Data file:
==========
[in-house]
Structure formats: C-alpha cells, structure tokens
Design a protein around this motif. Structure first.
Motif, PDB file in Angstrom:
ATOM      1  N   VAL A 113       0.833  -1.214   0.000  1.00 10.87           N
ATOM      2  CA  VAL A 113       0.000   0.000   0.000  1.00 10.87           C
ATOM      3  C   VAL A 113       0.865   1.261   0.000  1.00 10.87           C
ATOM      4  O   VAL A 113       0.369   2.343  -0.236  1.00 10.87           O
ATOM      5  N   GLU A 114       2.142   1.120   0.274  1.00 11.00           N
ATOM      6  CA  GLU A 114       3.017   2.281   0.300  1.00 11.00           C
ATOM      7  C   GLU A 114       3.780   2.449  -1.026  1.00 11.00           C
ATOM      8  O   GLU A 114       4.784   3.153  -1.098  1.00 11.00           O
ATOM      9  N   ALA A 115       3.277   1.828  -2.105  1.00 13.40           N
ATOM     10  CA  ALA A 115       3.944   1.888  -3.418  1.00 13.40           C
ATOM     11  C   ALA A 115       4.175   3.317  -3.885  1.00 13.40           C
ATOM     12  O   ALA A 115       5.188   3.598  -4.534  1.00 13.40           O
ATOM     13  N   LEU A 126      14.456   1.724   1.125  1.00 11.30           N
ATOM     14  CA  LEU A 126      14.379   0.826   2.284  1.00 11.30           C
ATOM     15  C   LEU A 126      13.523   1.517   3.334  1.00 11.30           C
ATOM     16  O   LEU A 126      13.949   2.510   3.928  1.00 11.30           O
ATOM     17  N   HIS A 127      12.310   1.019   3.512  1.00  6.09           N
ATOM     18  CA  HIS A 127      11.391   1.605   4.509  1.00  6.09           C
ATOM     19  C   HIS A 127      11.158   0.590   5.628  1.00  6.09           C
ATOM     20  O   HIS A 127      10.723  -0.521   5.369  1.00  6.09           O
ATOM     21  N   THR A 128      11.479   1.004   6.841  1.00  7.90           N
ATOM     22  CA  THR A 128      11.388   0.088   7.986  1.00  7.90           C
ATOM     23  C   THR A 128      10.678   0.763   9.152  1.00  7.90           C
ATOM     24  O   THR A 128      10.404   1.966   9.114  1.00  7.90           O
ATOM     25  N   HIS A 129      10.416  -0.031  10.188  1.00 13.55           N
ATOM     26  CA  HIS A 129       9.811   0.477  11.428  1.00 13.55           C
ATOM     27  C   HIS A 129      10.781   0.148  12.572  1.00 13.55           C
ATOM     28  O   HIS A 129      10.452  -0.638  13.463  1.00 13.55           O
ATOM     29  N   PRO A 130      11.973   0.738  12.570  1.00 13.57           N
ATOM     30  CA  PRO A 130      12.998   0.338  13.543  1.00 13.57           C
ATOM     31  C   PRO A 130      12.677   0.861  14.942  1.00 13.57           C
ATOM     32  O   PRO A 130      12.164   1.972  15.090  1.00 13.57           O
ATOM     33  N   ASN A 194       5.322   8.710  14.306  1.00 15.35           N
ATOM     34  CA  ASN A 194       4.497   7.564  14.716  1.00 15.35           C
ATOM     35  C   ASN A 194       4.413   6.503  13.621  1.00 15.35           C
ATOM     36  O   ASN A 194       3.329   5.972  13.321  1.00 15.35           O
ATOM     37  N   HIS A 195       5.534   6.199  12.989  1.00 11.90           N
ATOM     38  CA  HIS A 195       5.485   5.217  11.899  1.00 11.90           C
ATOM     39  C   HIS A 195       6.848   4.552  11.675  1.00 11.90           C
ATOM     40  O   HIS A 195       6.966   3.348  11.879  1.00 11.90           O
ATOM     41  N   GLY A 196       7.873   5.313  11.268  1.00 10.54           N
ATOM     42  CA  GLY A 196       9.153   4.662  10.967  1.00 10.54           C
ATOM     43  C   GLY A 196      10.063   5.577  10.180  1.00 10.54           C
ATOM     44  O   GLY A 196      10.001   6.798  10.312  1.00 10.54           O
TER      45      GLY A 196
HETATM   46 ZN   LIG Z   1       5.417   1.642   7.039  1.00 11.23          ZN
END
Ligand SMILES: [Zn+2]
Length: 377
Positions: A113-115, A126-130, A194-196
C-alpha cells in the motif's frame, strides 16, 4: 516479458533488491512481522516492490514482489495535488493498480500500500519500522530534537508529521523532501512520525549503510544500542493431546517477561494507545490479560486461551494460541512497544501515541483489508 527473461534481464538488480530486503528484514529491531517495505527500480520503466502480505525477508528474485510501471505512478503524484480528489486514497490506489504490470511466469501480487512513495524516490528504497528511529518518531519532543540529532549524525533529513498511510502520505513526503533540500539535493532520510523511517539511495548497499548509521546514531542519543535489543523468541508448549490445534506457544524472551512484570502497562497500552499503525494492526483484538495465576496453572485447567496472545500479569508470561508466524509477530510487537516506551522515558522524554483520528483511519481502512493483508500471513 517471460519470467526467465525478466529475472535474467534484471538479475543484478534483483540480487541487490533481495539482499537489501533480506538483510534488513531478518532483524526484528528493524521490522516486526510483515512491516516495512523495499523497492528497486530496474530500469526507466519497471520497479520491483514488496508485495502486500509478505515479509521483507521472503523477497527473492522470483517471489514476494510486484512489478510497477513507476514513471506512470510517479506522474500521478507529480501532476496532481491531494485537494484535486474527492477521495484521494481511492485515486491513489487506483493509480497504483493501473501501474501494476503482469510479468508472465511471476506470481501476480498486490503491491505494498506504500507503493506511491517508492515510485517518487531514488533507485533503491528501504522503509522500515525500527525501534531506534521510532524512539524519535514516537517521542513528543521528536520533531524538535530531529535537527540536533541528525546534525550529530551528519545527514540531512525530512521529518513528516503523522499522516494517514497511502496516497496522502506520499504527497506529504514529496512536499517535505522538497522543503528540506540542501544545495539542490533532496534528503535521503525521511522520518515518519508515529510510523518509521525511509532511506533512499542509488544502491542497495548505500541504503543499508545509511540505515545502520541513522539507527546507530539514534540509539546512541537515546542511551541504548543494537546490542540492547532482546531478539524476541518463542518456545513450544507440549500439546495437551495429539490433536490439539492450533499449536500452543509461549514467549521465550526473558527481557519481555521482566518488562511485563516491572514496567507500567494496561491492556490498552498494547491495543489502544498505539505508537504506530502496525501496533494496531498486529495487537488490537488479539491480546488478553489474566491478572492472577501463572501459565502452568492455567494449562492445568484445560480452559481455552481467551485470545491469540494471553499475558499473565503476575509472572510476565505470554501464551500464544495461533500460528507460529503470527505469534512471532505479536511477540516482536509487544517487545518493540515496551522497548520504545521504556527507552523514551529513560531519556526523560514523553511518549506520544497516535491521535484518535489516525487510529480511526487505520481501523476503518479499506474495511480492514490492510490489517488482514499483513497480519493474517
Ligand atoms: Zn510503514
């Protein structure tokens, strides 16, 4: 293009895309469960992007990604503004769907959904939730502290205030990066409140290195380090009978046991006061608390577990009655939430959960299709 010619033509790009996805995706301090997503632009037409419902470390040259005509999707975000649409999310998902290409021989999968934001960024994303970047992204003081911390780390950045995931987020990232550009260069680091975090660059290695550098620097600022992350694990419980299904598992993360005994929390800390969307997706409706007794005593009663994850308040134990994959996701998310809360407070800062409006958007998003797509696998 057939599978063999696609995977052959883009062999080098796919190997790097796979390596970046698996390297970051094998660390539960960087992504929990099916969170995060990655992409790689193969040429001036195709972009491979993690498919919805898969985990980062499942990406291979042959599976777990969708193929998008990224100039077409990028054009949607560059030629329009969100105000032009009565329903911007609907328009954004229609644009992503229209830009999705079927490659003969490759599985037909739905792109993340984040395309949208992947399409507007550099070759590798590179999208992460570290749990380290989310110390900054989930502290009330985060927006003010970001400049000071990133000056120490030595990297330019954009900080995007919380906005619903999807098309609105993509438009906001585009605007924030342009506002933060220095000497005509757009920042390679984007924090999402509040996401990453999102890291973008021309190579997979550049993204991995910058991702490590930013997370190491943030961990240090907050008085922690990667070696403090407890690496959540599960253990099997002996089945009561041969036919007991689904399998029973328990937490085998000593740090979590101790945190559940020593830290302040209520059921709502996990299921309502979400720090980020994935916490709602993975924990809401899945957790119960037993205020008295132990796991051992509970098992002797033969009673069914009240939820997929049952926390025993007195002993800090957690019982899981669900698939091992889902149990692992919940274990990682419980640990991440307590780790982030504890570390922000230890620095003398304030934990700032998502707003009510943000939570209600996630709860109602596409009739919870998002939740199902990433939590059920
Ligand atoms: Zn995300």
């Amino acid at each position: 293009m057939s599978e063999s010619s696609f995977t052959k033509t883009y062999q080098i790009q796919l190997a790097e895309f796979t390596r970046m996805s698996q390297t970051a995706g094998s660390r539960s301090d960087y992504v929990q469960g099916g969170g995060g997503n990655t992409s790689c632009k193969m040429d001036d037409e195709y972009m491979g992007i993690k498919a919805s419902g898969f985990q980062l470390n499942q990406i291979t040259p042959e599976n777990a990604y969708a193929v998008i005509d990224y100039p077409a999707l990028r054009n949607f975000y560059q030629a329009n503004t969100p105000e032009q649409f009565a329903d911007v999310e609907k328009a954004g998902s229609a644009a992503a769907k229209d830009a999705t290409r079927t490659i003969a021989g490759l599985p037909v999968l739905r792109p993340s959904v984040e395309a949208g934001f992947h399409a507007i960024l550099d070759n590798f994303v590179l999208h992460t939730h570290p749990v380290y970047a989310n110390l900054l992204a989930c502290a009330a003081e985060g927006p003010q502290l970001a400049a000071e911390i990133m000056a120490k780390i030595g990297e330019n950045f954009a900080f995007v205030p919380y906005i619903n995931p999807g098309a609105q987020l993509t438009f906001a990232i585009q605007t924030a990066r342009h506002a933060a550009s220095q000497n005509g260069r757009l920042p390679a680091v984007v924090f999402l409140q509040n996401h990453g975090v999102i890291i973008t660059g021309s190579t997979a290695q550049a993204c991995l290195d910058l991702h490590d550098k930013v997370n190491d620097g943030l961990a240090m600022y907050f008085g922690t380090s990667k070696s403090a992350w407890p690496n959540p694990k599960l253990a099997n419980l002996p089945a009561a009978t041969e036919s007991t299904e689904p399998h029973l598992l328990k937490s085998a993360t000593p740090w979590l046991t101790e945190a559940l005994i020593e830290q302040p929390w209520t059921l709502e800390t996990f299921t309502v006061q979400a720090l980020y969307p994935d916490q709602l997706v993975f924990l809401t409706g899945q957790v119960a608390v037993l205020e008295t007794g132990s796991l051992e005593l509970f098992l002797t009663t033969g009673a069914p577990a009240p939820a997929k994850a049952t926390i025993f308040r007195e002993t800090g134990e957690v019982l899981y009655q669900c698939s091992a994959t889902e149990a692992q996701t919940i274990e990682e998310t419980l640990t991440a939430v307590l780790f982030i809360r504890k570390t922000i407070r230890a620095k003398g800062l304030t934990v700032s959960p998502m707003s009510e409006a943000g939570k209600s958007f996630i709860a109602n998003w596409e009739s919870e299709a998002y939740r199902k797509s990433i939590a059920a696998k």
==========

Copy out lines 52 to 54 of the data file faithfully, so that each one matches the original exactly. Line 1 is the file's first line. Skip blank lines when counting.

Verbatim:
Ligand SMILES: [Zn+2]
Length: 377
Positions: A113-115, A126-130, A194-196